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## Building a Current Logger – Part 6

Following from Part 5 we moved to the ATtiny84 so we could have more pins in order to use SPI and V-USB together and we found that we really shouldn’t be doing anything whilst the ADC is running. In this part we will be upgrading to the ATtiny44A, connecting the SRAM and updating our schematic.

Above is the schematic from the last part.

##### Change to ATtiny44A and voltage switching circuit

Now it’s time to add in the SRAM however we need to find a way to keep it running at between 2.7-3.6V which means that the current voltage switching circuit we used before won’t work.

The easiest way is to use 2 diodes – one going from 3V to the 5V USB which will allow the ATtiny to be powered by the 3V or 5V, not allow the 5V to recharge the 3V battery and allow the SRAM to always be powered when there is a 3V battery. The next diode goes from the 5V USB to ATtiny just before the other diode, so our D- line will only read as high when the USB is connected and read as high when the battery is connected (used for detecting whether the USB is connected).

The diodes introduce a problem, our 3V battery with the schottky diode could drop to 2.7V or less if we sourced 2-3mA but the ATtiny84 20MHz model only goes from 2.7V to 5.5V.

Luckily for us the solution is to use an ATtiny44A which supports up to 20MHz and whose voltage can range from 1.8V to 5.5V so we get the best of both worlds.

##### 2.7V ATtiny with 3V SRAM

Next we need to check how much over the VCC that our ATtiny44A can support for inputs, this is because when we run from the 3V battery, our ATtiny44A might be getting 2.7V whilst our SRAM would be getting 3V.

It does look like the ATtiny44A can support VCC + 0.5V, it would allow us to go to 3.2V for an input as the maximum assuming, so we are all good in that respect.

##### 5V ATtiny with 3V SRAM

Now we need to check what will happen when the USB is connected, the ATtiny would have 4.7V and when communicating with the SRAM at 3V, the SRAM would be damaged. To solve this, we just use resistor dividers for the 3 outputs of the ATtiny’s SPI – clock select, clock and data out.

Lets assume the worst case scenario, our ATtiny44A is running at 4.7V and it’s output is a bit lower, lets say 4.3V from one of the pins (the datasheet says output would be 4.3V @ 10mA when 5V supply but we won’t ever use more than 0.1mA) so the output from the resistor divider would give 2.15V.

We check the SRAM datasheet which says input high-level voltage is 0.7 x VCC which gives 2.1V so we are barely just above the high-level voltage. But we can’t just leave the resistor divider in place because it will divide our voltage when we are operating from the battery too – would give 1.5V.

A simple N channel Mosfet connecting the resistor divider to ground is a simple solution and we can have it switch on once the USB VCC is detected.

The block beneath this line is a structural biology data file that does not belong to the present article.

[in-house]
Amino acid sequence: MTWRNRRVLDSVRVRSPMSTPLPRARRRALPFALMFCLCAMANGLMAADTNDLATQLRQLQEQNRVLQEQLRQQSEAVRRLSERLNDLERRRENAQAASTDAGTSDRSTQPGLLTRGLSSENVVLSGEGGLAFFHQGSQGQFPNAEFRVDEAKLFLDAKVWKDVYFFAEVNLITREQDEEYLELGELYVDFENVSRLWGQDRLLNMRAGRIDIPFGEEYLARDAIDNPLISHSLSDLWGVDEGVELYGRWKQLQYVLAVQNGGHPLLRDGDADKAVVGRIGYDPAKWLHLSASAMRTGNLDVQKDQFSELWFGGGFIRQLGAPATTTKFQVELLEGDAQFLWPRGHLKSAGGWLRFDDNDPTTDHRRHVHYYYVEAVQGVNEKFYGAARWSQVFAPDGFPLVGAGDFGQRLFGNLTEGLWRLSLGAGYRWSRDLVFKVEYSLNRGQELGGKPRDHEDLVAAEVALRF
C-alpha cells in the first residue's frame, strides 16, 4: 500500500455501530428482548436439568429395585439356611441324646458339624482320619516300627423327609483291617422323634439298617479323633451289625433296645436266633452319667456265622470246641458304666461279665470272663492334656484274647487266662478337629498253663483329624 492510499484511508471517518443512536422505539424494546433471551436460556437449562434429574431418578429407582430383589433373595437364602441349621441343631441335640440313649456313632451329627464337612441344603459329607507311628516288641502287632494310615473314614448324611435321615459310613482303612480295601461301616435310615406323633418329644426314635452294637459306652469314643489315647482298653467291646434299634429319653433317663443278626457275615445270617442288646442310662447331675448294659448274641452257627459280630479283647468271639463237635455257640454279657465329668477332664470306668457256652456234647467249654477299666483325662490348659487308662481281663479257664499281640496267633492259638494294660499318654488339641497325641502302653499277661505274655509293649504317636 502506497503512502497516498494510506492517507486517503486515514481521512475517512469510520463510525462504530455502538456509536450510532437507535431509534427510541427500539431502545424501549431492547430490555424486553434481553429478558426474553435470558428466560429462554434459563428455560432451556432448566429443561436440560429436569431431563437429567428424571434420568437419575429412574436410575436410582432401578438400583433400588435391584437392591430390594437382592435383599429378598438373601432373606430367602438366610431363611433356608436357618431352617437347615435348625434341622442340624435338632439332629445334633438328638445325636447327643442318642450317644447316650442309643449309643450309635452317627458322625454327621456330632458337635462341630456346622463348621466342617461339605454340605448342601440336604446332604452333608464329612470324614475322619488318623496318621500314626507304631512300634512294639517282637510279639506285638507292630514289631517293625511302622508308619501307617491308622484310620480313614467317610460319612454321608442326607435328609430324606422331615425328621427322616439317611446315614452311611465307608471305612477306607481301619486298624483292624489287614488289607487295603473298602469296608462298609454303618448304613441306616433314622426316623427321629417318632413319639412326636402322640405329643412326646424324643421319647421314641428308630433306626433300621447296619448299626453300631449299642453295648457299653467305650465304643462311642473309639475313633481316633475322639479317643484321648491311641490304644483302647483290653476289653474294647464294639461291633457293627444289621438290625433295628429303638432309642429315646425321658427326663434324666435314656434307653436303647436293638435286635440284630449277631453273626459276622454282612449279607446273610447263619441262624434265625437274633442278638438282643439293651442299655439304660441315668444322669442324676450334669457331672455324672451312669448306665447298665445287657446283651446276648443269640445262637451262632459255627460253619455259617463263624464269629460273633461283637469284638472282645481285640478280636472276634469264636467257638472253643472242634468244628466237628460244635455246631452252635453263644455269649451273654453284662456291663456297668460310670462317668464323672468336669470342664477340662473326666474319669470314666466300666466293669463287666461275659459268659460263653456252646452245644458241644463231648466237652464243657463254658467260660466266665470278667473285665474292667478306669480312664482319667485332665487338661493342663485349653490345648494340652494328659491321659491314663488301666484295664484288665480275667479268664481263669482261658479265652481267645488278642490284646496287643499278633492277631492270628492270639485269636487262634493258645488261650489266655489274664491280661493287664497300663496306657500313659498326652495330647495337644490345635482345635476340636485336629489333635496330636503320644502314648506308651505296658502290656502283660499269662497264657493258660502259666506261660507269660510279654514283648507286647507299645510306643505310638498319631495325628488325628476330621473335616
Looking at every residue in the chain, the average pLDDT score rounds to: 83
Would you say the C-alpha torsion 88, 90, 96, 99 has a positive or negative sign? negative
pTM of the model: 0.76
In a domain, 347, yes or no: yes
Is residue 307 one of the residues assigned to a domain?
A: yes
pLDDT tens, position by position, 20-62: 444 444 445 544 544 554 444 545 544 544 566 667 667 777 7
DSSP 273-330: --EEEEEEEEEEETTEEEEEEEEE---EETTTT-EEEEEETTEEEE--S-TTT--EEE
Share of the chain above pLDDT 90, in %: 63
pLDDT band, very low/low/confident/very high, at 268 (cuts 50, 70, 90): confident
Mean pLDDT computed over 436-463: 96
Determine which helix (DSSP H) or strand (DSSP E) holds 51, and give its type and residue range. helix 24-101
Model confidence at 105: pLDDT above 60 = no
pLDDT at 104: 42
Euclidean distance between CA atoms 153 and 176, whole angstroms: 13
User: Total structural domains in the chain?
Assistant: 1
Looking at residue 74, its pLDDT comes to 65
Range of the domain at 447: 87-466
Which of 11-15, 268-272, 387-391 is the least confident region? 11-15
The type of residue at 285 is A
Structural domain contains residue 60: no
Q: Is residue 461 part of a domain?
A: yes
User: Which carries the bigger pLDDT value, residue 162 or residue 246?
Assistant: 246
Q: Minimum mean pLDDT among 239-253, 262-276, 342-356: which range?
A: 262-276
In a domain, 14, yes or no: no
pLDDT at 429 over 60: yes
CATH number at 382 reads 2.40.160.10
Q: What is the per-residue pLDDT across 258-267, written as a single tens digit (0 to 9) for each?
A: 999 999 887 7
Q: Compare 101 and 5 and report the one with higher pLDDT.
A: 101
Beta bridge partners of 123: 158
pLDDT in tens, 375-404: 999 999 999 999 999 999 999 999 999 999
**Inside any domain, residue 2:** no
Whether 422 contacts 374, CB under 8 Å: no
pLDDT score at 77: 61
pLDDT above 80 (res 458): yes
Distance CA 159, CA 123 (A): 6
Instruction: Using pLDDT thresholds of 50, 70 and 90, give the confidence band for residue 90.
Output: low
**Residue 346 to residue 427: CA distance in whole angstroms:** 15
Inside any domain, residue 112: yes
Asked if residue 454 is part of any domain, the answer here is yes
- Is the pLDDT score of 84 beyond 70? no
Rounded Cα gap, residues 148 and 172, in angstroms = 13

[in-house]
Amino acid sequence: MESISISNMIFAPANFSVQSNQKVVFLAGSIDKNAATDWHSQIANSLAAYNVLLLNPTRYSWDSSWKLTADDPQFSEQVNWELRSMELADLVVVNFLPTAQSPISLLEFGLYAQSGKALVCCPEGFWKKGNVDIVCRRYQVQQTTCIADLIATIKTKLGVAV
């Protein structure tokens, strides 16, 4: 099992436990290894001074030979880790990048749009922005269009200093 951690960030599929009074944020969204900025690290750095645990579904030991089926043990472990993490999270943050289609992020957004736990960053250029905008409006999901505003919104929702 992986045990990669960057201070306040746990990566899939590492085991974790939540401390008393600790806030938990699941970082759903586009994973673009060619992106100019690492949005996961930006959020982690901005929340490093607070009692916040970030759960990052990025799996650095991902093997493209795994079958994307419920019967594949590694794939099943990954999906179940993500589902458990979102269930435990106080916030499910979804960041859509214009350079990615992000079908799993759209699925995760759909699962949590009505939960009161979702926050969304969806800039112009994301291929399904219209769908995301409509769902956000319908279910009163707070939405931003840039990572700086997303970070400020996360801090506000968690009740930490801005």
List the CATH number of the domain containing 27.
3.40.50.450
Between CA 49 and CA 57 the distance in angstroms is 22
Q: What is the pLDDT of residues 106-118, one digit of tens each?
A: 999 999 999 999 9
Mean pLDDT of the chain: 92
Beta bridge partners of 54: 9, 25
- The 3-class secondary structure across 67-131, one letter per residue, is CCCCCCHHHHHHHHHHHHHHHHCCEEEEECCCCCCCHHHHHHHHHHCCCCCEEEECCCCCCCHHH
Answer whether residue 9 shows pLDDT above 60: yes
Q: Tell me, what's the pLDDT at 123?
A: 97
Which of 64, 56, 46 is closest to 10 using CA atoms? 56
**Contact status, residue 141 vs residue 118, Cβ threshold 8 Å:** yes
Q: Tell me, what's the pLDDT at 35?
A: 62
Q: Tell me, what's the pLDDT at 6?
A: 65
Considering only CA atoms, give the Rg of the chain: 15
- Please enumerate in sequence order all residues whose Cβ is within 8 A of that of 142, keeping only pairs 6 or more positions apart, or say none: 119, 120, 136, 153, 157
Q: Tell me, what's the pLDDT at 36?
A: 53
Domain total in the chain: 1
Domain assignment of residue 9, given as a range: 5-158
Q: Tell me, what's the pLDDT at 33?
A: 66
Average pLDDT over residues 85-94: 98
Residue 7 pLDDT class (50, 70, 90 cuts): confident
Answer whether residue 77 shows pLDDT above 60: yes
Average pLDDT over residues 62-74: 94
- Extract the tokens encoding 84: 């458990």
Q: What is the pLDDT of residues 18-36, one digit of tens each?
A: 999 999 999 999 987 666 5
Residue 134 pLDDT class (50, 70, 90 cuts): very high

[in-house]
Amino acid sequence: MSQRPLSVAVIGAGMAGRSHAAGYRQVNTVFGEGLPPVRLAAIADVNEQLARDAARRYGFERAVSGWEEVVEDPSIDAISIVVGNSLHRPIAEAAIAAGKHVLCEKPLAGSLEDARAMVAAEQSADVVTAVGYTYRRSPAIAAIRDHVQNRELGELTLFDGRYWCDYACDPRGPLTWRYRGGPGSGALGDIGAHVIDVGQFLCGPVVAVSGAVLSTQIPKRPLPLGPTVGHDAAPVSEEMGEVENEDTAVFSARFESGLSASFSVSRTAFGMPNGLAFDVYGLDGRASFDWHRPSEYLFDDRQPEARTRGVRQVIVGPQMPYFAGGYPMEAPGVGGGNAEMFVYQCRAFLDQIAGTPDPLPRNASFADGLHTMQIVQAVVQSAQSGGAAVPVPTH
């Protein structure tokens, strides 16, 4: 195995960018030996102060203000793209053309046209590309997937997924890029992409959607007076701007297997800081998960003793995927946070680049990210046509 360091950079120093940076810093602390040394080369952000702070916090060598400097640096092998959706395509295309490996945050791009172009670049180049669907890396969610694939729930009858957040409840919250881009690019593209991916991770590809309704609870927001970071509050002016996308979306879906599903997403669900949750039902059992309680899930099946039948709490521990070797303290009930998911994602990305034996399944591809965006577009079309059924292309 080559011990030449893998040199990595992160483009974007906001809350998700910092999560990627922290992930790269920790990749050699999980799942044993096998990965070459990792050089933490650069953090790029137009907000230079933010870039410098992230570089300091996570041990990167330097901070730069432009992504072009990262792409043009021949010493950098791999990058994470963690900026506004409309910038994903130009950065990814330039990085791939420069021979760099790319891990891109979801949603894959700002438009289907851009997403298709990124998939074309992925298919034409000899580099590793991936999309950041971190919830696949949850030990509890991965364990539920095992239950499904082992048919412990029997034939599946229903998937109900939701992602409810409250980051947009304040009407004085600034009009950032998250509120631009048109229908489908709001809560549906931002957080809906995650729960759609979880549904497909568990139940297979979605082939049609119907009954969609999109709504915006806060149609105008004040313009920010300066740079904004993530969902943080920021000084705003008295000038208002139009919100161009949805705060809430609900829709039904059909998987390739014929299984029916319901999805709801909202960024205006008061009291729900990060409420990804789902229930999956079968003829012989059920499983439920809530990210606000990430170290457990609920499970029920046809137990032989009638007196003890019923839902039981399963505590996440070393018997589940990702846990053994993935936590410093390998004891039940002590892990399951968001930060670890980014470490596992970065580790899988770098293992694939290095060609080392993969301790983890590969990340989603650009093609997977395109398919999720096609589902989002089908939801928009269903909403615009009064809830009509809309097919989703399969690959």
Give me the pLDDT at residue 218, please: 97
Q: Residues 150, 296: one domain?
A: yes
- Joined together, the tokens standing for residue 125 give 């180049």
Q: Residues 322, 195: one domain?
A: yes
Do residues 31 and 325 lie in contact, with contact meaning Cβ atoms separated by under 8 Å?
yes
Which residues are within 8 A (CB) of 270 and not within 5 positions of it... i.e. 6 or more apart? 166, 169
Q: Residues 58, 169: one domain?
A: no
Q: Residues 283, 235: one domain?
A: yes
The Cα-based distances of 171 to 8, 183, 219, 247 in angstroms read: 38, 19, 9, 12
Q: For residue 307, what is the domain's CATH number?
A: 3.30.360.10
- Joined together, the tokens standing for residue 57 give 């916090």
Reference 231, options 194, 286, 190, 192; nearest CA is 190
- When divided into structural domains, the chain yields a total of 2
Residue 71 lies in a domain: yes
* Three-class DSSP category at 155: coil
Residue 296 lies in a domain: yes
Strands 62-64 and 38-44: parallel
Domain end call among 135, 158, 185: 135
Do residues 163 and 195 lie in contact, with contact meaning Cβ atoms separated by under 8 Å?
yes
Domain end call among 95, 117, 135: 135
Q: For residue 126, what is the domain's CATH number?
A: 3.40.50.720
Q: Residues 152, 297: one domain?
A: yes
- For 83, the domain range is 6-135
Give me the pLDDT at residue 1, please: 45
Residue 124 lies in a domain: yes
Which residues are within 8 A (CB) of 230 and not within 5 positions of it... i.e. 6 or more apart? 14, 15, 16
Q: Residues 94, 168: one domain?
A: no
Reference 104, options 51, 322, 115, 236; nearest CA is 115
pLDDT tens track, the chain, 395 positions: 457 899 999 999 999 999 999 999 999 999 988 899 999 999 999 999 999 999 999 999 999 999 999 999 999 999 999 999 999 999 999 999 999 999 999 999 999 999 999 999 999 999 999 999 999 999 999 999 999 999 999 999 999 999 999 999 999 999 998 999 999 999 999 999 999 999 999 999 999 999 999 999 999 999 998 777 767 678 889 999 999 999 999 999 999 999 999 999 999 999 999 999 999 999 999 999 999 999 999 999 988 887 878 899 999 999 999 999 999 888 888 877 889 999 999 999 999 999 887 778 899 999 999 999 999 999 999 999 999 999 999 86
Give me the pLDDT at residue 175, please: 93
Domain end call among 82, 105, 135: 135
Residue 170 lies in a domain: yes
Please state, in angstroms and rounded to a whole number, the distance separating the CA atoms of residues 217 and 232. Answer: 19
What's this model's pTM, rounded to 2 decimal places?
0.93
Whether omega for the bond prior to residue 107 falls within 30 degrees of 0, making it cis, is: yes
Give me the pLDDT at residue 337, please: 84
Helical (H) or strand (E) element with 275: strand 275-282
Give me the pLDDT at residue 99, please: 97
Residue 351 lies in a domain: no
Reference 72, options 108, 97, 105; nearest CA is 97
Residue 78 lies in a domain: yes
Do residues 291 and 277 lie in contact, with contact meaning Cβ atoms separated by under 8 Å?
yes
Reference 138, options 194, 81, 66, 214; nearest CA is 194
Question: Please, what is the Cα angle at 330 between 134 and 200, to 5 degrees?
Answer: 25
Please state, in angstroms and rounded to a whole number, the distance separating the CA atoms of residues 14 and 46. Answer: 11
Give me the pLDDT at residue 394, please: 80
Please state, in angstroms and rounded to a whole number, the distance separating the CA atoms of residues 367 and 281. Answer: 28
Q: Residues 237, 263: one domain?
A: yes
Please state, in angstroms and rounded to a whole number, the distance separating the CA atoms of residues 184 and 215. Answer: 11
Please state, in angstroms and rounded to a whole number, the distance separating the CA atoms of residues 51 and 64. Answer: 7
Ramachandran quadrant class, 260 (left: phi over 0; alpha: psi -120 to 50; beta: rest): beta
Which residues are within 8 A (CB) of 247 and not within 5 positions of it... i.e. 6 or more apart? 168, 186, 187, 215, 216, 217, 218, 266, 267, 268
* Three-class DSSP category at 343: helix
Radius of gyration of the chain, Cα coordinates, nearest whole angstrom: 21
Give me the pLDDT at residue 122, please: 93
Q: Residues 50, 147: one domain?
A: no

Next we do the 1 output from the SRAM to the input of the ATtiny’s SPI – the data in; we need to convert 3V to 4.7V. I found a Sparkfun Level Converter which utilities an N channel Mosfet in such a way that you can level shift a lower voltage to a higher voltage. The Bi-directional level shifter for I²C-bus and other systems datasheet by NXP on page 10 explains in detail how the circuit works.

Basically what happens is when the output is low (sink), current flows through the 100K resistor on the left which switches on the Mosfet as the Vgs is 3V, this in turn allows the 5V on the right side to flow through the 100K resistor on the right and gives us a reading of 0V (1.7mv).

Once our output goes high (source), no current flows through the resistor on the left so the gate and source are both at 3V so the Vgs is 0V thus the Mosfet is off.  No current flows through the resistor on the right so we have a high on the right hand side as 5V. Technically instead of our resistor divider and Mosfet we could use this circuit as it uses the exactly the same parts, the only downside is that when the output is low it will continually drain 30uA.

##### Testing

At 3 volts, my SPI test blinking program worked fine. Upon testing the 5V USB I found that sometimes it wouldn’t blink at all and had to re-connect it a few times to make it work. I measured the 10K resistor divider and it gave the correct voltage expected. I decided to use my logic analyser to measure if there was a propagation delay between the signal coming into the resistor divider and signal coming out.

With a 10K resistor divider there certainly is a propagation delay.

I decide to use some 330 ohm resistors instead that I had lying around, there doesn’t appear to be any propagation delay and it worked fine this time.

Above is our new schematic. Now all that’s left to do is to do the testing when connecting the op-amp and finalising the code.

### One Response to “Building a Current Logger – Part 6”

1. Martin says:

Thanks for posting these, lovely work!